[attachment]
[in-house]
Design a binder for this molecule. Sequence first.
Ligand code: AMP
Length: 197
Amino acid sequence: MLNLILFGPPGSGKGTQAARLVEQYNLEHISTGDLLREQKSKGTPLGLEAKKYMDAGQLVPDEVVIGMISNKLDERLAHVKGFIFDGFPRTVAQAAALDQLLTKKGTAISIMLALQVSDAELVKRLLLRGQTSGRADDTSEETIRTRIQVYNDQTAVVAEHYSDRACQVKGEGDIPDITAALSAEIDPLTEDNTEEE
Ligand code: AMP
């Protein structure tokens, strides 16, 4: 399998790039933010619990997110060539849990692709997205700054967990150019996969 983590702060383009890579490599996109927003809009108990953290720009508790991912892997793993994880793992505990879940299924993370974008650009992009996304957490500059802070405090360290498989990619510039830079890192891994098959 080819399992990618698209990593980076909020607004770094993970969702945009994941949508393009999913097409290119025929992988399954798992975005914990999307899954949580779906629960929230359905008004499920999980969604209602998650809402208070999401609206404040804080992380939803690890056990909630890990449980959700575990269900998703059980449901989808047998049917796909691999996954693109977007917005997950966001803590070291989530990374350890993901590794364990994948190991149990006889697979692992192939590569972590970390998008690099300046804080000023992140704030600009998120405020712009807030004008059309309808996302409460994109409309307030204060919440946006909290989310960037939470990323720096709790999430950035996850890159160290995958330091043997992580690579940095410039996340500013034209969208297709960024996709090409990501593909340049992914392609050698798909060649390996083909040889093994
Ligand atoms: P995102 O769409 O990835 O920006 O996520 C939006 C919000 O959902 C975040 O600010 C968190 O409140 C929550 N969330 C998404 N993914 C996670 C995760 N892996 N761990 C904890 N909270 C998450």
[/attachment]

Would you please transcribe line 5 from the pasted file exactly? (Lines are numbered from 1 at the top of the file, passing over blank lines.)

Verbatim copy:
Amino acid sequence: MLNLILFGPPGSGKGTQAARLVEQYNLEHISTGDLLREQKSKGTPLGLEAKKYMDAGQLVPDEVVIGMISNKLDERLAHVKGFIFDGFPRTVAQAAALDQLLTKKGTAISIMLALQVSDAELVKRLLLRGQTSGRADDTSEETIRTRIQVYNDQTAVVAEHYSDRACQVKGEGDIPDITAALSAEIDPLTEDNTEEE